Tuesday, April 24, 2012

Anything is Possible

I've been performing magic tricks for Aki. Not good ones: standard kooky uncle fare: "grabbing" a small toy with one hand, and making it appear in another hand, juggling a little, making things appear from behind her ears. I do the wavy trick with a wooden spoon, where it looks like it's bending.

The thing is, this doesn't surprise her in the least. Why should it? She's eighteen months old. She recently began trying out three- and four-syllable words (she's got, like, 80% of "Happy Birthday" and it was momentous). She says there's no poo in her pants when there is clearly poo in her pants.

What I mean is she's still a long ways from the incessant "why" phase, which will be when she starts understanding what things should be. And that will be when she can be surprised by something that shouldn't be. But I have fun doing them, mostly because I like watching her reactions, or her non-reactions. Why shouldn't spoons be bendy? Why shouldn't toys hang in the air sometimes? The more I think about Aki, and what she's going through, and try to remember what my experiences were like when I was very young, what strikes me is how much growing is essentially a loss of magic. Not the bad-uncle magic (though that too), but the actual magic. The anything-is-possible kind. Growing up is understanding. It's having experiences, and using those experiences to form a sense of what is possible, and what is not. And hopefully it's buttressing those experiences with other people's experiences through books and radio and yes, even a little television.

Right now, eighteen months in, Aki has just started to figure out that some sounds mean things and others don't. She can walk, and she trusts that she won't fall off the planet when she goes down the slide. And she's trying lots of things out — grabbing them, tasting them, smelling them, banging them on other things. But the solidity of everything is still an open question. It's equally possible that I can juggle, and that I can make toys appear and disappear, or that a spoon is hard sometimes and bendy other times.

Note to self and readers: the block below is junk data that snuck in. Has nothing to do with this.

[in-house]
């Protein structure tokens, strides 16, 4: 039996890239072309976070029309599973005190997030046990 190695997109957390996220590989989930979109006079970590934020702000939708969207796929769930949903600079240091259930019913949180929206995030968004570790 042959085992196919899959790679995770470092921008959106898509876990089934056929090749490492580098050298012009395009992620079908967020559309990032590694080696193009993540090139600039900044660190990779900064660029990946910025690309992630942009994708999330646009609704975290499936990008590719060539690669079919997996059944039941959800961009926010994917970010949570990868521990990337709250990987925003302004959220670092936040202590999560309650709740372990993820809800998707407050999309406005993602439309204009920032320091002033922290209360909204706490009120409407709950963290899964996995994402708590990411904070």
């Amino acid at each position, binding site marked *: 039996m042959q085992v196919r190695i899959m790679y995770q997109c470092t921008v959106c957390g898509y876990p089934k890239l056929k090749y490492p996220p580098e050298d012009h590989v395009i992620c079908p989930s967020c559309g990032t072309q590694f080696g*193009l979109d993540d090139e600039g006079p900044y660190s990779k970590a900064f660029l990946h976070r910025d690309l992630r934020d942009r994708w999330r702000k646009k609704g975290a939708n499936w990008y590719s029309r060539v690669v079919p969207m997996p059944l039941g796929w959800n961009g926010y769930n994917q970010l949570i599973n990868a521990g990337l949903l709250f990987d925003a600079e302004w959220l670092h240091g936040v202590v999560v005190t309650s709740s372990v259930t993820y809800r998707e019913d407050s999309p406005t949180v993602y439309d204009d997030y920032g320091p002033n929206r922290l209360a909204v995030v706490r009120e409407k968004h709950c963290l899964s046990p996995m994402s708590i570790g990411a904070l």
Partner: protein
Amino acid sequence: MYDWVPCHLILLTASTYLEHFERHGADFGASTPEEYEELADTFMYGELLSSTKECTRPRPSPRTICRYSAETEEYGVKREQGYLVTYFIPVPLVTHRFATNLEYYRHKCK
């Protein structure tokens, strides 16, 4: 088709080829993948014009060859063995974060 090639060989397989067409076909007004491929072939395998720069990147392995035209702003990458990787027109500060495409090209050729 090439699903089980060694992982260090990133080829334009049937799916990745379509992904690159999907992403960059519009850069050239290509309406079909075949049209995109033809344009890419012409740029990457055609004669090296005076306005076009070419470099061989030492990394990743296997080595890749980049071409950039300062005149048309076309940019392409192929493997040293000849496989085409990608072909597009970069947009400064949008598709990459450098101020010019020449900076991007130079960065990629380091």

When I was five, I had an imaginary friend named Mr. Muckluck, who was from Alaska. When I was nine or ten, I read a book about a guy who walks on water because he believes he can walk on water. I spent months, every night, in my bathtub, trying to believe hard enough to walk on water too. When I was fourteen I still liked to bust clouds on nice days, because it worked often enough that I could still believe it.  Much of my childhood was spent interacting with magic, those kinds and other kinds. But slowly I learned what did and didn't work in terms of my world, if not always, at least most of the time.

It feels like growing up has been a long process of differentiating the possible from the impossible. And if my world feels surer, it's also that much less exciting because of what I understand.

But here's Aki. As I'm writing this, she just tried to stick her stuffed rabbit to the wall. It didn't work, but the sticker next to it stuck. So who knows. Anything is still possible.